My Trusty Sidekick and I have been trying to watch the budget lately–something that’s not always easy to do in New York. It’s been about five weeks since we’ve gone out to dinner, so, we decided to splurge a little in the name of Date Night (some of the best words in the English language) and try Recipe, a “recently opened” restaurant (as of May ’09) on the Upper West Side that we had heard great things about.
Recipe is billed as a New American cuisine, but this isn’t quite right; it’s more like New American prepared by Grandma, if that makes any sense. Recipe’s menu features local, sustainable, and seasonal ingredients in rustic, comfort food interpretations of New American. The menu features tons of market-fresh vegetable and seafood options, as well as slow-cooked rotisserie fare. Basically, it’s homier and heartier than your typically clean and contemporary New American cuisine. While we were a little disappointed with the pace of our meal (more on that later), it was a delicious dinner. We’ll be back…as soon as we’ve saved up enough money for another night out.
Location: 452 Amsterdam Ave (between 81st St & 82nd St)
In one word: Rustic
Food: Tons of appetizer options caught my eye, but I couldn’t say no to the Soup of the Day, which was a Parsnip and Chestnut puree served with a Spinach and Feta Spanakopita ($7). I wasn’t sold on the combination of the soup and spanakopita, but separately they were each very tasty. The combination of parsnips and chestnuts made for a creamy soup was full of fresh flavor and had an incredibly satisfying texture that was thick but extremely smooth.
Love the generous portions here.
Trusty went with the Short Rib Tortellini ($11) and raved about the rich, hearty dish. Basically, it was delicious comfort food.
For my main course I tried the pan seared sea bass with brussel sprouts, eggplant, zucchini and a sweet and sour apple cider vinegar sauce ($22). The fish was cooked perfectly–it had a great, golden crust on the outside and was tender and flakey inside–and, the light and tangy sauce paired well with the delicate sea bass. I was disappointed with the veggies. Specifically, the fish was supposed to come with brussel sprouts, but this was a little misleading–there wasn’t a single whole brussel sprout, rather, under the fish were a few brussel sprout leaves. C’mon Recipe. For $22, you should spring for 4 or 5 whole brussel sprouts per plate.
I love that Recipe garnished the fish and soup with fresh chives.
For his main dish Trusty went with the Winter Lasagna, full of seasonal root vegetables including carrots, parsnip and squash, as well as eggplant, all nestled in a rich tomato sauce beneath a bubbling layer of fresh mozzarella cheese ($18). Yum, yum, yum. I got to try a few bites of this dish and would definitely recommend it.
- Yep, that cheese says it all–this is true comfort food.
As if we didn’t have enough food, we shared a side dish of roasted winter squash and fingerling potatoes ($5). Simple and delicious, these veggies had great carmelized, roasted flavor. This is the best part eating a restaurant that uses local, seasonal ingredients: everything is fresh and flavorful, even when prepared in the simplest way.
For dessert we split the Chocolate Pignoli Tart ($8) which was divine. Definitely a must-have at Recipe (you’ll thank me later), and more than enough to share between two. The dessert was a great combination of sweet and salty–it had a crunchy chocolate crust, a layer of buttery, sweet and salty caramel followed by a layer of thick, rich chocolate mousse. Sprinkled with roasted pine nuts and a few grains of sea salt and topped with a sweet, creamy, melty marscarpone gelato, this tart was an amazing end to our meal.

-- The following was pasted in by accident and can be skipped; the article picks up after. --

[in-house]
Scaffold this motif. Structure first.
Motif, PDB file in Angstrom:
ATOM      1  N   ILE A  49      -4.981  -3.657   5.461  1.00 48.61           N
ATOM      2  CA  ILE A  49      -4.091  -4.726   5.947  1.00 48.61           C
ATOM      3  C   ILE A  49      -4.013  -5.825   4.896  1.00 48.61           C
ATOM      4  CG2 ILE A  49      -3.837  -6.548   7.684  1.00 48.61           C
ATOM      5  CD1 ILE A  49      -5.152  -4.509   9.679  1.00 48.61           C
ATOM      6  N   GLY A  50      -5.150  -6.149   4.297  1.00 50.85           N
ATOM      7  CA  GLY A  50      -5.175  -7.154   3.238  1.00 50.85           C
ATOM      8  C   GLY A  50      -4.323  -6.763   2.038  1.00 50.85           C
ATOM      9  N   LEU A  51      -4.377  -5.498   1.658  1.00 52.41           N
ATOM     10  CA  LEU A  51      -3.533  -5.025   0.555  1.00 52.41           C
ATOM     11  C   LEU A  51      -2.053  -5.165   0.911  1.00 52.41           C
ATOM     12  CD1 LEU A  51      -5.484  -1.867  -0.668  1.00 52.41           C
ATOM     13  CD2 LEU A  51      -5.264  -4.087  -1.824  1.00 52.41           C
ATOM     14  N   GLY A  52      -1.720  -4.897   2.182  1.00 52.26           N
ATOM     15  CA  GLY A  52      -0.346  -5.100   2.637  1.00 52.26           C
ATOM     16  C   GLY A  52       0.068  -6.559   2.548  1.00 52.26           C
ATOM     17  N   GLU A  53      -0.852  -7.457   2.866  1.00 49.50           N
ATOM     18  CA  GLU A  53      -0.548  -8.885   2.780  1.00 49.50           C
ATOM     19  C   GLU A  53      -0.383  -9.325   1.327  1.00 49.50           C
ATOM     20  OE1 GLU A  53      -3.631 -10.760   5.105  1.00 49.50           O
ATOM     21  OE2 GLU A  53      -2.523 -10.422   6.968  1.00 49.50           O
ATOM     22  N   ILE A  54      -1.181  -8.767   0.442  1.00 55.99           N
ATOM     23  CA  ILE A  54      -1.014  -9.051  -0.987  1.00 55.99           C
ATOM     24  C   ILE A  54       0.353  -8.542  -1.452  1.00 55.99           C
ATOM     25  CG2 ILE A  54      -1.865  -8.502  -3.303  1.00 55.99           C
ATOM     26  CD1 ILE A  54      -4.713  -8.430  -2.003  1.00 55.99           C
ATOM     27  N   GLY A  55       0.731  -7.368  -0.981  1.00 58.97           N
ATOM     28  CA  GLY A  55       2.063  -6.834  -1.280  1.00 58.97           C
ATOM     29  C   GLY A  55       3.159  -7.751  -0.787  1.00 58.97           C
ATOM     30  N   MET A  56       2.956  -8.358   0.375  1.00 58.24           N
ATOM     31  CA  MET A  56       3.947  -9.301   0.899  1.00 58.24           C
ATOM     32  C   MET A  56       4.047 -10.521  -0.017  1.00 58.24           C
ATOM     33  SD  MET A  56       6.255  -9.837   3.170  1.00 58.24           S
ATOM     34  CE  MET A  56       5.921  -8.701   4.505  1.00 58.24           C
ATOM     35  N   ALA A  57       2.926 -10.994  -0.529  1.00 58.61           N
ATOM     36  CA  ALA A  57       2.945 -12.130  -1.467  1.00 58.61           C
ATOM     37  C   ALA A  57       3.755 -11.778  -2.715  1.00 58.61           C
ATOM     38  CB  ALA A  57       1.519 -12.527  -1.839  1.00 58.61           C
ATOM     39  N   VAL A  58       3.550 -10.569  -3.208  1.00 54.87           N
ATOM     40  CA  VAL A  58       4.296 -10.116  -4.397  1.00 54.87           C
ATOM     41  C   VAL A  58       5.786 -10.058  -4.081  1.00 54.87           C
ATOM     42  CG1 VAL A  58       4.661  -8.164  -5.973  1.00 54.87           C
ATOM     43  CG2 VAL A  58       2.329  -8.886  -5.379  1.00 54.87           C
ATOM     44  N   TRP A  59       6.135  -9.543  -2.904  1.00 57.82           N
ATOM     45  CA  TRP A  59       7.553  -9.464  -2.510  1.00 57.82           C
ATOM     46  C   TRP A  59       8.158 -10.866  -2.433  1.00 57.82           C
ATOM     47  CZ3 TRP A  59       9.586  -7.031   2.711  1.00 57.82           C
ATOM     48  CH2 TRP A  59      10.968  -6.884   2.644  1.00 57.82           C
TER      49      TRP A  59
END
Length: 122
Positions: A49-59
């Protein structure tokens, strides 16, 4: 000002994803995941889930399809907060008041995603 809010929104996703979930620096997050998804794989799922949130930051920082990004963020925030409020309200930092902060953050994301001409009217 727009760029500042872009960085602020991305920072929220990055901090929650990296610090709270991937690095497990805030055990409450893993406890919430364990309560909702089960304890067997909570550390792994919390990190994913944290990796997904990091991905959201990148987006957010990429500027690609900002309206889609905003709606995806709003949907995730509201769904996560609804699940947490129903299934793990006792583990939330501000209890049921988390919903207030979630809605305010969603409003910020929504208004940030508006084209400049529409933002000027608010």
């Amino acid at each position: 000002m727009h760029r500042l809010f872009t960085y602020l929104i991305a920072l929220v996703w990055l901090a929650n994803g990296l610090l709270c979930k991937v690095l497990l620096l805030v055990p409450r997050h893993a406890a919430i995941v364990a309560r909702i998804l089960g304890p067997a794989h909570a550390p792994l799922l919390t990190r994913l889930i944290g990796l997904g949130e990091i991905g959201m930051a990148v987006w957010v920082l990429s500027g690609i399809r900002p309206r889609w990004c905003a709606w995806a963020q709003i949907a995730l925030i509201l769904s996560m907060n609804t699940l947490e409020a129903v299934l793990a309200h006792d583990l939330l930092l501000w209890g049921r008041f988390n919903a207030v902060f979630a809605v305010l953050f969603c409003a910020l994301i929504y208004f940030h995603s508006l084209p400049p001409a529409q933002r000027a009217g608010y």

Drink: I had a great glass of Paul de Coste Blanc de Blanc Brut ($10) that was delicious with my fish. Trusty tried the Dixie Blackened Voodoo Lager ($5) which was a light dark beer–not too heavy–and went well with the Short Rib Tortellini and Lasagna. Like their regular menu, Recipe’s drink menu was small, but full of well-selected items. If you’re trying to save money on your drinks tab, try one of their beers–all are $5.
Service: Our waitress was friendly and the wait staff kept our water glasses full. We had a strange complaint: the service was actually too quick. It wasn’t that we were rushed, it was just that the courses were served at a very brisk pace and when you’re going out for a nice dinner you want to savor the experience, linger a little over the appetizer, then the entree. You also need a few minutes between courses to digest a bit. With each course coming back to back, we felt as though we finished before we had a chance to enjoy the meal.
The mini clothespin that grasps the menus at Recipe is a great rustic detail.
Scene: Recipe is a tiny, sliver of a place–basically it’s a long, narrow room with seating for only 20, maybe 25 if you count seats at the bar (be sure to make a reservation before you go). As a result, it’s an intimate, cozy space that lends itself well to dates or dinner with a close friend. This isn’t a great place for groups. The wood block tables and chairs, with simple white tile backsplash, gives Recipe a rustic, homey feel that works with the restaurant’s menu of local, sustainable “New American” comfort food.
Dress: Casual chic is very safe here.
Delivery: YES! Download their delivery menu from their site.
Cost: With tax and tip our bill came to just over $100. Not bad for a nice night out in New York. And with the generous portions, we felt like Recipe offered good value.
If you like, try: The Girl and the Goat in Chicago, Freemans, Cookshop, or Savoy in New York